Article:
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Battle tank for export on display at air show

By Zhao Lei in Zhuhai, Guangdong | China Daily | Updated: 2016-11-03 07:58

The VT-5's firepower and mobility matches that of Western models

Battle tank for export on display at air show

A VT-5 tank is on public display at the Zhuhai Air Show in Guangdong province on Wednesday.Feng Yongbin / China Daily

China is displaying a new light-duty main battle tank at an ongoing arms exhibition amid a muscle-flexing disclosure of ground weapons, in a bid to attract buyers who wish to quickly outfit their armies.

China North Industries Group Corp, commonly known as Norinco, the country's biggest developer of land armaments, expects the VT-5 tank to lure foreign military officers from developing nations at the 11th China International Aviation and Aerospace Exhibition, commonly known as the Zhuhai Air Show, which runs from Tuesday to Sunday.

The State-owned defense giant said the VT-5 is the most advanced light-duty tank now available in the international market.

The tank showed off maneuvers on Tuesday morning in front of hundreds of foreign government and military officers at a range near the Zhuhai Air Show.

For armies of most developing nations, heavier main battle tanks in the international market, such as the US M1 Abrams and the German Leopard 2, are too expensive and "overqualified" for their basic needs, Lin Wei, a spokesman for Norinco, said during the air show, adding that they also are too heavy to operate on roads and bridges of developing countries.

Battle tank for export on display at air show

Therefore the VT-5 is an ideal option for such users because its firepower, mobility and information capacity are as good as those of Western tanks, he added.

According to Norinco, the VT-5 is a multirole, light-duty main battle tank capable of operating in various terrain, including desert, forest and urban areas. It has a weight of 36 metric tons and a crew of three people. Its weapons include a 105-mm rifled tank gun, which can fire armor-piercing shells, high-explosive anti-tank warheads and missiles, and a 12.7-mm remotely controlled gun.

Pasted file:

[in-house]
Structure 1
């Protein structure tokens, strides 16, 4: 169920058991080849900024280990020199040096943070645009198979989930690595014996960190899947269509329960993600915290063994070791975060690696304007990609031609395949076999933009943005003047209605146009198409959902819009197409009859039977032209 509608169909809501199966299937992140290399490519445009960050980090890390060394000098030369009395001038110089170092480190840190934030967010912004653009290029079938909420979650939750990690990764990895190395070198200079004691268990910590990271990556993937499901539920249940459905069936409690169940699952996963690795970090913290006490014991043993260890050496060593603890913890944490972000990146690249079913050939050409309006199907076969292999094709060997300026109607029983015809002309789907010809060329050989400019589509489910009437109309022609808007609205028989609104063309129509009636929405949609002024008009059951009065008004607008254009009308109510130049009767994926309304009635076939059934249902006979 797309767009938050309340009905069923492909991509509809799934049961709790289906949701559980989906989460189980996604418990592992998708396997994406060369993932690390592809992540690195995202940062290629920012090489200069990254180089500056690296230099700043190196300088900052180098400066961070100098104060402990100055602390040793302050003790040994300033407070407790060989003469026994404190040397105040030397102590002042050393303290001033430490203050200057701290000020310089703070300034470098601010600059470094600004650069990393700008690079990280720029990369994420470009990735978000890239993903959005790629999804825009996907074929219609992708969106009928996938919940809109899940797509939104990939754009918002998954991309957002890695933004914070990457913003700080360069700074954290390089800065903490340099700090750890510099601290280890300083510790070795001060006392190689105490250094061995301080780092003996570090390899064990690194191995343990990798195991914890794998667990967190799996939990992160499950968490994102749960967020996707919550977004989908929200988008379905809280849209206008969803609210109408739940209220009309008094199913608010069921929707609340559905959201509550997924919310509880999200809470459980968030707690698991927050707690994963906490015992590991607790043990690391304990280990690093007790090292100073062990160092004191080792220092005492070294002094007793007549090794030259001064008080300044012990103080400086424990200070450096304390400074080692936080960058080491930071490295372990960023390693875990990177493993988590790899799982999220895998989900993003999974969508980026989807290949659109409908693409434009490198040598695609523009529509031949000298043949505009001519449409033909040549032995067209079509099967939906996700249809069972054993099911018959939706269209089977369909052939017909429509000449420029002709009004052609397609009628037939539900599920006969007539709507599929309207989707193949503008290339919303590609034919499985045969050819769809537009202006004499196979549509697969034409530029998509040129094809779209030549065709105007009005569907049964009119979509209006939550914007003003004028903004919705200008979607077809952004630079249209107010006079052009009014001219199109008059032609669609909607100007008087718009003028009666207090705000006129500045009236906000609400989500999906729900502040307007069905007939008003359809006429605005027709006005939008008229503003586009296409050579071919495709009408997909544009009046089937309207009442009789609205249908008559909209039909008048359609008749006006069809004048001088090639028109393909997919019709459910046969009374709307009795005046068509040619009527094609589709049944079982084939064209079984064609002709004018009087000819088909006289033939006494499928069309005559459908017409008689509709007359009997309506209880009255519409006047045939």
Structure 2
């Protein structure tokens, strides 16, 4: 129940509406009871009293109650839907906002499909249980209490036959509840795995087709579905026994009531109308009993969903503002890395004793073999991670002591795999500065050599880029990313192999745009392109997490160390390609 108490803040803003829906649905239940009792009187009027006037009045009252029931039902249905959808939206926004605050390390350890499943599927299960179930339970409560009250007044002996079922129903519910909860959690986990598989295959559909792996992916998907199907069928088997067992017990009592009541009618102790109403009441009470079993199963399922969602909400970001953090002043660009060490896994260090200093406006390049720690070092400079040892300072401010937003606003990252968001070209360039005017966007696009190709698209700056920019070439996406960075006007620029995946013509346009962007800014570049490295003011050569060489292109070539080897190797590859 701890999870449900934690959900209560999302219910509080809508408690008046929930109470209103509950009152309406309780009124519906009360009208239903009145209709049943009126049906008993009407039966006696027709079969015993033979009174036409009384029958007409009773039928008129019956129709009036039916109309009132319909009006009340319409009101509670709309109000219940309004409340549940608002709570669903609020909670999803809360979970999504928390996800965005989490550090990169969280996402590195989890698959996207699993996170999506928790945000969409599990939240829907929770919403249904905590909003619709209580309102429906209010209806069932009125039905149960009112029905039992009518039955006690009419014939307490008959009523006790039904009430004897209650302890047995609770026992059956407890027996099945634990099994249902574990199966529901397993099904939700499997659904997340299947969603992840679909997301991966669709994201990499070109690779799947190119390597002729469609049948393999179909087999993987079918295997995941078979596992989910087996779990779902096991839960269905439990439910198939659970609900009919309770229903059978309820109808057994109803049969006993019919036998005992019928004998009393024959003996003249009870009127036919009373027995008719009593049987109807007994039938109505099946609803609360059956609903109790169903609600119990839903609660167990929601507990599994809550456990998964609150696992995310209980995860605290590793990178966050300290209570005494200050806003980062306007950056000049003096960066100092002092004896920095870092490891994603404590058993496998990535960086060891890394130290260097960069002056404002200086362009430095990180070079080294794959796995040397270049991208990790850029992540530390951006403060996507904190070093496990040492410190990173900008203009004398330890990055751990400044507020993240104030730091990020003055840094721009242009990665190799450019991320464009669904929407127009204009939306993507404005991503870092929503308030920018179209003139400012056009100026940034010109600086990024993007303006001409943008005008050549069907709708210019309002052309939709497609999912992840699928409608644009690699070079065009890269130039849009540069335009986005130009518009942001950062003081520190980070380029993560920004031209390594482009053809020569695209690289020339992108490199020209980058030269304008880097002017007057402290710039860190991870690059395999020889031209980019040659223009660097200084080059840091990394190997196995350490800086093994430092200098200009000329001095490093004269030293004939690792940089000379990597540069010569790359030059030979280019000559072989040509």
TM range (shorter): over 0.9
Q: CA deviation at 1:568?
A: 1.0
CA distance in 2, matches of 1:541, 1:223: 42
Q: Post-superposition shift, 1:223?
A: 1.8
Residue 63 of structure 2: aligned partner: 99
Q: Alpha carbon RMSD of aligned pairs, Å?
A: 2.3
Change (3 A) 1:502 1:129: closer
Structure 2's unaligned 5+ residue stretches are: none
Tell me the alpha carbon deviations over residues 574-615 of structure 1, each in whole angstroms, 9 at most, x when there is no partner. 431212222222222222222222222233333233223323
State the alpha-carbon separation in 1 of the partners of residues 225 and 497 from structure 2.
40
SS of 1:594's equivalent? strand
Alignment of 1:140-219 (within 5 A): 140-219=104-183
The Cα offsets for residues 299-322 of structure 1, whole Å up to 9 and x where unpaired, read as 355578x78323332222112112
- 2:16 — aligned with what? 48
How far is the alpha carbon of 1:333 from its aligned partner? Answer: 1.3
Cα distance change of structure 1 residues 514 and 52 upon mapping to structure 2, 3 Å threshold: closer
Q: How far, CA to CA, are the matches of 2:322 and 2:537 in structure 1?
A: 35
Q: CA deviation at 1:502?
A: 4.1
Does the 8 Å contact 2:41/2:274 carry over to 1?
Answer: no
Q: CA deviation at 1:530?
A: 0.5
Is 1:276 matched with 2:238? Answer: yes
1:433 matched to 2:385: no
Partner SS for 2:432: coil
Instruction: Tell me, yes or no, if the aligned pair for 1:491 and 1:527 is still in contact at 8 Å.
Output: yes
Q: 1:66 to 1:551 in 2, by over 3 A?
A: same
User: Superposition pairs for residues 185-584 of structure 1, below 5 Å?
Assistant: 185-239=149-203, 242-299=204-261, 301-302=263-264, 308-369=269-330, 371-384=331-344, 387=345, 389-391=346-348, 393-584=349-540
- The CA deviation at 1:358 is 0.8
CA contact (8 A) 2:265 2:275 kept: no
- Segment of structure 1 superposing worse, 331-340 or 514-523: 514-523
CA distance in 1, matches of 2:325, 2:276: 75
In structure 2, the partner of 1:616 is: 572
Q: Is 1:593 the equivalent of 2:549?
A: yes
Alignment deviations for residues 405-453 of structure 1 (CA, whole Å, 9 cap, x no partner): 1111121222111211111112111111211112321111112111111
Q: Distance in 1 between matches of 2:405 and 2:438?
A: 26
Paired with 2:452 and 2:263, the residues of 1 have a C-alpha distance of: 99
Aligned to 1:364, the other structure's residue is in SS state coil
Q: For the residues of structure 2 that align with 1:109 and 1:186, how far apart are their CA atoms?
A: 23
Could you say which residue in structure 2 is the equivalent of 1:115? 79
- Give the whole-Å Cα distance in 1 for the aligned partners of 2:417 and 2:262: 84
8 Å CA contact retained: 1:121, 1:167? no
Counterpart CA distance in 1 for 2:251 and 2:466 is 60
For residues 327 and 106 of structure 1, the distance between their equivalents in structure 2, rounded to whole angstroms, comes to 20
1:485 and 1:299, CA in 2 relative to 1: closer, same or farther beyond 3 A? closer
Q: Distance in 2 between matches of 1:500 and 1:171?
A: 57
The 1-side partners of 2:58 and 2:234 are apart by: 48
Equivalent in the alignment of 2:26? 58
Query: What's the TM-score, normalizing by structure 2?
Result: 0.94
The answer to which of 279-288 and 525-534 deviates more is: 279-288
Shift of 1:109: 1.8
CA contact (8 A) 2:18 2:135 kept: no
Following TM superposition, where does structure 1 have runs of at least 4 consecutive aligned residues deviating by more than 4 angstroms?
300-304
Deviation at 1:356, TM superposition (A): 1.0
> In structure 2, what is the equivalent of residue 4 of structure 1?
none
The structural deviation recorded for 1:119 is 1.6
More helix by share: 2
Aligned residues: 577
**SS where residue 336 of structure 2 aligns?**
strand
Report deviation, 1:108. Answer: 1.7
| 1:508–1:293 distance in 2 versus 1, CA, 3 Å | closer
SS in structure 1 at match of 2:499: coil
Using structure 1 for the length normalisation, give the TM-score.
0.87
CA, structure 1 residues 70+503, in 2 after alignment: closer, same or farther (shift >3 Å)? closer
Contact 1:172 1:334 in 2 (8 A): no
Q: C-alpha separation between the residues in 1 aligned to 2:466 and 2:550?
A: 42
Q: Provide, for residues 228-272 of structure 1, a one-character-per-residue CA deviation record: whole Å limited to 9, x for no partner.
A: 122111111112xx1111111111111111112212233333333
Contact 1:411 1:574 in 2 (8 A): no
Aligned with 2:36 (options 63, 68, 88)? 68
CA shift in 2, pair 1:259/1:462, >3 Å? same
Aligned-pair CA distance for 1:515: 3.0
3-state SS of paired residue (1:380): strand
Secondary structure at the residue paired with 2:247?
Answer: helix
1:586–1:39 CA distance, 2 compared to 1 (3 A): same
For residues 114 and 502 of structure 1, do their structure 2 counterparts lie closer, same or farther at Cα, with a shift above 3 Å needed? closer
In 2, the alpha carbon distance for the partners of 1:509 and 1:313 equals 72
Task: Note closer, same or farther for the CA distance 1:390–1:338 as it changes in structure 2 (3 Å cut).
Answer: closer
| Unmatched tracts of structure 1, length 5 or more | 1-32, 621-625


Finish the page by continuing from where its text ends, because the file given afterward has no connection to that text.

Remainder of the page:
The tank is equipped with an integrated electronic system, a tactical command system, a satellite-based positioning device and modular armor. It features good battlefield awareness, strong information capacity and high maneuverability, and is suitable for modern joint operations, the company said.

China developed the Type-62 light tank in the 1960s and had used it in its armored forces in southern regions until 2013, when all of them were retired.

In 2014, photos of a new light tank began to circulate on the internet. Chinese media reported that it is a new model designed for the People's Liberation Army's armored units to serve in high-altitude, rugged terrains such as Tibet.

Lin said the VT-5 was specifically developed for export so is different from the model unveiled in 2014.

For wealthy buyers seeking mightier tanks, Norinco offers the 52-ton VT-4, a high-end main battle tank with a 125-mm smoothbore, which also performed on Tuesday.

In addition to tanks, Norinco also sent a wide variety of weapons, including wheeled tank destroyers, tracked infantry fighting vehicles, multiple rocket launchers, low-altitude air defense systems and anti-tank missiles.

"Our biggest advantage is that we offer solution packages to our clients rather than selling them one single kind of weapon. Our competitors would give you an advanced weapon, but I don't think they can provide a whole system," Lin said. "We offer to the market almost everything an army would probably need, from individual equipment and squad-based weapons to heavy-duty tanks as well as long-range multiple rocket launchers."

Gao Zhuo, a military observer in Shanghai, said: "Norinco is able to make and export an army load of land armaments. Any developing nation can form a strong army just by buying weapons from China."

China exported 461 tanks from 1992 to 2014, according to the United Nations Register of Conventional Arms, which began to record conventional weapons transfers between UN member states in 1992. The biggest tank exporter during the period was the United States, which reported sales of 5,511 tanks.


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